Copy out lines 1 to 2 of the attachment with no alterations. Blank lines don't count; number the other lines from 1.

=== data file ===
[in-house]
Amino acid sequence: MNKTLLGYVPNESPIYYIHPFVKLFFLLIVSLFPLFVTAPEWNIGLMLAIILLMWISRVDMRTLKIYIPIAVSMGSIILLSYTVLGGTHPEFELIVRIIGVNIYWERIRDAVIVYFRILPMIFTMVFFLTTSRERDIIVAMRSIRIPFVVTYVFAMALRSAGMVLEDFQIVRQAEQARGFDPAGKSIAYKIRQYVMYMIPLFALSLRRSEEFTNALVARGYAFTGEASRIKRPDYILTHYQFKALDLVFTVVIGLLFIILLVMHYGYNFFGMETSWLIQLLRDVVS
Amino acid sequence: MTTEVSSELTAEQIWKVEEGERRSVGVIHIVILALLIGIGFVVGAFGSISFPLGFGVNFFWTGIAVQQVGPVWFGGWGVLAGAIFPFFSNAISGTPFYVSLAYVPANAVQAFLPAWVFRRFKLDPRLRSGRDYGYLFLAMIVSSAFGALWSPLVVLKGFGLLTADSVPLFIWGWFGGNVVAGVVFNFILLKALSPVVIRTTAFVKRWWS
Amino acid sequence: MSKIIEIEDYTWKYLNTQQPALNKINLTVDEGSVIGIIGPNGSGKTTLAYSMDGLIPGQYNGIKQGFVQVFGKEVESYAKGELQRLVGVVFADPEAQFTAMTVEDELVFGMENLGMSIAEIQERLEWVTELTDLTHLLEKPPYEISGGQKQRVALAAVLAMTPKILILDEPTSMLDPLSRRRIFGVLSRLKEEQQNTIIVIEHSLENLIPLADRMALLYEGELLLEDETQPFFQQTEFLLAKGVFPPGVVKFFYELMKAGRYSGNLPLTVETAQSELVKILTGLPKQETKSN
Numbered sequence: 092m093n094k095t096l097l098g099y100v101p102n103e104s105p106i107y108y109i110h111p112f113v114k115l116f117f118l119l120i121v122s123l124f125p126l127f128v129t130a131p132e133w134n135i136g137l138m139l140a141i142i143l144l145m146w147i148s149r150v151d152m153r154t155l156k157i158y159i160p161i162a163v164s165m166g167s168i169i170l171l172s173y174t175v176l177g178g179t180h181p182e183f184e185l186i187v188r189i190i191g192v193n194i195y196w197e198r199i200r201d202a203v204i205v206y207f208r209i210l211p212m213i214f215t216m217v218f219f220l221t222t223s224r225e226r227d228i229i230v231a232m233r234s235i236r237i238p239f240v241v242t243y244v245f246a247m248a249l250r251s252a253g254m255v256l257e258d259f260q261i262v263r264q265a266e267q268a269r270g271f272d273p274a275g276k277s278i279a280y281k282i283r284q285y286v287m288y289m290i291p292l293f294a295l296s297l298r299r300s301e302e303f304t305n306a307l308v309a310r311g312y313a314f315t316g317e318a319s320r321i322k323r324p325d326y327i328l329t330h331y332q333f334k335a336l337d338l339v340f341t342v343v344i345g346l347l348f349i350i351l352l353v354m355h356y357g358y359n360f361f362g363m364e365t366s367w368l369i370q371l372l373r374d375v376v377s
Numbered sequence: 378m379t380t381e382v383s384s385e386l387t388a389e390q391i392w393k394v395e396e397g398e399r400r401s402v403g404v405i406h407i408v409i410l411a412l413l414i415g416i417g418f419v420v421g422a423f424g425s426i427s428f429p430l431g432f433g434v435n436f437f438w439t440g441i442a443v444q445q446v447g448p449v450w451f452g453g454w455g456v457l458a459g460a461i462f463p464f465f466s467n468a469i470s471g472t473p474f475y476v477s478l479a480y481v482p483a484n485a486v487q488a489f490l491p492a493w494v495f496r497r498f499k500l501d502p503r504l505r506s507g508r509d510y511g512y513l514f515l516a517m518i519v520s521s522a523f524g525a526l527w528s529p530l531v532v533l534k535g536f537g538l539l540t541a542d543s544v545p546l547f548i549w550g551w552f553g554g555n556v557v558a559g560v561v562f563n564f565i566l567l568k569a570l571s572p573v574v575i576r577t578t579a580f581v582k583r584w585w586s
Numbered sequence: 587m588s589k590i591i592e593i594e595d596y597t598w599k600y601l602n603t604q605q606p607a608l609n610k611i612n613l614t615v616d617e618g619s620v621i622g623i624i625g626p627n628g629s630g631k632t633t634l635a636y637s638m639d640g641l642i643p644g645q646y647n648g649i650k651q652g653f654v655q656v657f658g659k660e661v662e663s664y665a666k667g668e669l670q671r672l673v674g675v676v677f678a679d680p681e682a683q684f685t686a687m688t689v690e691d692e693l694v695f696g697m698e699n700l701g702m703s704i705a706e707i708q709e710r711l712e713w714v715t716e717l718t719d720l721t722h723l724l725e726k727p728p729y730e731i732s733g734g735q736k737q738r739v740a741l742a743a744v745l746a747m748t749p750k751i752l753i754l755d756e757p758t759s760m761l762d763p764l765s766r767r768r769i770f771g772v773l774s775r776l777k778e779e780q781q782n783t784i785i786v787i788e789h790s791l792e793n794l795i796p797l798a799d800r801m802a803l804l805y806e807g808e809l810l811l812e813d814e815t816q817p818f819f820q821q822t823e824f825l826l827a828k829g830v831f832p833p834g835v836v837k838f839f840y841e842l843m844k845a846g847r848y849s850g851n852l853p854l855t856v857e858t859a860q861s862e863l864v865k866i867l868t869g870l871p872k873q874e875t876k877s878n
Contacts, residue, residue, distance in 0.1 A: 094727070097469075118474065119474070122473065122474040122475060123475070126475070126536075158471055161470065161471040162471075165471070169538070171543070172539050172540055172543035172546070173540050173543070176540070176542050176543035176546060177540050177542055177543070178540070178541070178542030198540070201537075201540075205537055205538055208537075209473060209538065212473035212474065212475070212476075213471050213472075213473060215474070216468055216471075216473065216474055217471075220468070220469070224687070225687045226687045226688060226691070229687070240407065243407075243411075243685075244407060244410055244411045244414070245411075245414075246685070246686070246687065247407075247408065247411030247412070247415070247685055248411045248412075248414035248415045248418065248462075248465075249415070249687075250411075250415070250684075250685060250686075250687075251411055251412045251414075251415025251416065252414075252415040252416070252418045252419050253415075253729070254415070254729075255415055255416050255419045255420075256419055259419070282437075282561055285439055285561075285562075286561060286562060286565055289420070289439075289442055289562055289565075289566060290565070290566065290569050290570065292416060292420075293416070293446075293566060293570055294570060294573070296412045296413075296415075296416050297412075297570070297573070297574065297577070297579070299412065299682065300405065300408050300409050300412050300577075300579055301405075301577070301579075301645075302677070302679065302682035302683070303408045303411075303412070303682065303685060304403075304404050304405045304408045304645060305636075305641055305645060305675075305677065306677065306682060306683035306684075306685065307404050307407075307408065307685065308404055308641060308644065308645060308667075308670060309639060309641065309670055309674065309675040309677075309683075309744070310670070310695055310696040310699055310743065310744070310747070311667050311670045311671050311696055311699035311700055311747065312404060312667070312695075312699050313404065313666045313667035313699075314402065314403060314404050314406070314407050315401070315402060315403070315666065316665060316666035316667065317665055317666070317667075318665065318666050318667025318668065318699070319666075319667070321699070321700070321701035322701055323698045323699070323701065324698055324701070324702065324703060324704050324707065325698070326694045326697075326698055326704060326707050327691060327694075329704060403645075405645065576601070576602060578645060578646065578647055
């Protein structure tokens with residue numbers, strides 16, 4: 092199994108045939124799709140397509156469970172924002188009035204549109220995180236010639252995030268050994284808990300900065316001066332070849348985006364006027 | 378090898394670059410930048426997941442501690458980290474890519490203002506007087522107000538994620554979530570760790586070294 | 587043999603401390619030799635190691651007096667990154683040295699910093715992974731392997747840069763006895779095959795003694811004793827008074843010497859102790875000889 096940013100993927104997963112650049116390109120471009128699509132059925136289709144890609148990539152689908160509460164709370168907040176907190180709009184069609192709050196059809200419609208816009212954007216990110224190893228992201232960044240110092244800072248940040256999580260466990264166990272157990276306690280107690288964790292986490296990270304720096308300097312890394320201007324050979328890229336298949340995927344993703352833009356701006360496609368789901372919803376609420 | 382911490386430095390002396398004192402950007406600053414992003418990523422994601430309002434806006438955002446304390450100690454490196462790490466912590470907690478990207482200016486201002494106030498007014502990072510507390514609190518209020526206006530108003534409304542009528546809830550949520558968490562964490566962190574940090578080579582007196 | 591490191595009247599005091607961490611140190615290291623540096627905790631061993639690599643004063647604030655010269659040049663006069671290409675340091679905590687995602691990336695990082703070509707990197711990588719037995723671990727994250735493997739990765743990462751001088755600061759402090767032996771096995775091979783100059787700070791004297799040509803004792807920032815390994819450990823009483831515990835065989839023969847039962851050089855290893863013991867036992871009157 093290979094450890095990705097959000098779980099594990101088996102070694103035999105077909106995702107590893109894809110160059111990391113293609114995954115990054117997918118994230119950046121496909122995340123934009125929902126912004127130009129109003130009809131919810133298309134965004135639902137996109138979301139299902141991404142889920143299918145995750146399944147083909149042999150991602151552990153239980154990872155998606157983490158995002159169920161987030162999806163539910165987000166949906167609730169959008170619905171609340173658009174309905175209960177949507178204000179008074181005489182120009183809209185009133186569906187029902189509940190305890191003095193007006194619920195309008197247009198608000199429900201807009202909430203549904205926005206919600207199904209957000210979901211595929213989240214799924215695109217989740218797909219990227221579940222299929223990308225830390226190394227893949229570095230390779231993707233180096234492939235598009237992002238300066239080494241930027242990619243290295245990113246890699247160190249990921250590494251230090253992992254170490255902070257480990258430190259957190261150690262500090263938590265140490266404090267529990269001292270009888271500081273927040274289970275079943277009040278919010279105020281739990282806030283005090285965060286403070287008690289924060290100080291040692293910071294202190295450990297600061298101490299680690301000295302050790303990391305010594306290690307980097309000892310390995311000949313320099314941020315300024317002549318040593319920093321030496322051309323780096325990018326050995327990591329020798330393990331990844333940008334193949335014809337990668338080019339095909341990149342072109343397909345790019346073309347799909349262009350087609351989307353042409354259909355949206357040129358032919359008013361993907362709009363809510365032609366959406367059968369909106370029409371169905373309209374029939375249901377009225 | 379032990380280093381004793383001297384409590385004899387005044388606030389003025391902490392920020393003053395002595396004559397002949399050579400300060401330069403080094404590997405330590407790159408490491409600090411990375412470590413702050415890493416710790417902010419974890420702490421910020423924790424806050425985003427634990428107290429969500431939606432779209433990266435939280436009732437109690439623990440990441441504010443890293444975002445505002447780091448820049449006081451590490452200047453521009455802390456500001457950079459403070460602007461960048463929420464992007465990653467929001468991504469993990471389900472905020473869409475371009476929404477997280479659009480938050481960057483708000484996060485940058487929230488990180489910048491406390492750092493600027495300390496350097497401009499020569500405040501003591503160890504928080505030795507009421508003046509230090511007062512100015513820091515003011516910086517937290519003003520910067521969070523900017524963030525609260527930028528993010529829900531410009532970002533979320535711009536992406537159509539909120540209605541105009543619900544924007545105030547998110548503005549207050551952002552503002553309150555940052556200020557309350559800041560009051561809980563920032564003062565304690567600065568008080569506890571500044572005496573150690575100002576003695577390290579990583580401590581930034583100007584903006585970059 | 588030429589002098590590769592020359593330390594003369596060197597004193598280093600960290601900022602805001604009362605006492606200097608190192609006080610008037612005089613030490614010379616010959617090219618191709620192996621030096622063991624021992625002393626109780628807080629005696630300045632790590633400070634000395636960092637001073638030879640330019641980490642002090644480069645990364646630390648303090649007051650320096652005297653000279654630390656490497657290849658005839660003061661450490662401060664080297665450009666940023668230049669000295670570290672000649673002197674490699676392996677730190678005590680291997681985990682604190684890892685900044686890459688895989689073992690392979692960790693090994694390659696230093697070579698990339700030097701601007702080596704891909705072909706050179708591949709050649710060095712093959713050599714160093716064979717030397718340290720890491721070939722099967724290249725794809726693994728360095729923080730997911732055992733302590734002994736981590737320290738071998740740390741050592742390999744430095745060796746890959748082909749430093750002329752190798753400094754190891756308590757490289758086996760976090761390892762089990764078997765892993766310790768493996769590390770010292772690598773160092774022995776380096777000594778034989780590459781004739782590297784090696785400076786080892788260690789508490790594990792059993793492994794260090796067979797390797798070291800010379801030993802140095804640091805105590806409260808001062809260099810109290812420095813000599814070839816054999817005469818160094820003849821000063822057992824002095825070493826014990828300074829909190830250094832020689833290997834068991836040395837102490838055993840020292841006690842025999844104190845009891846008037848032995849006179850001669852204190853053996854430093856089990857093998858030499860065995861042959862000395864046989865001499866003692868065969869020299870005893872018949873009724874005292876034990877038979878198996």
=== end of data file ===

[in-house]
Amino acid sequence: MNKTLLGYVPNESPIYYIHPFVKLFFLLIVSLFPLFVTAPEWNIGLMLAIILLMWISRVDMRTLKIYIPIAVSMGSIILLSYTVLGGTHPEFELIVRIIGVNIYWERIRDAVIVYFRILPMIFTMVFFLTTSRERDIIVAMRSIRIPFVVTYVFAMALRSAGMVLEDFQIVRQAEQARGFDPAGKSIAYKIRQYVMYMIPLFALSLRRSEEFTNALVARGYAFTGEASRIKRPDYILTHYQFKALDLVFTVVIGLLFIILLVMHYGYNFFGMETSWLIQLLRDVVS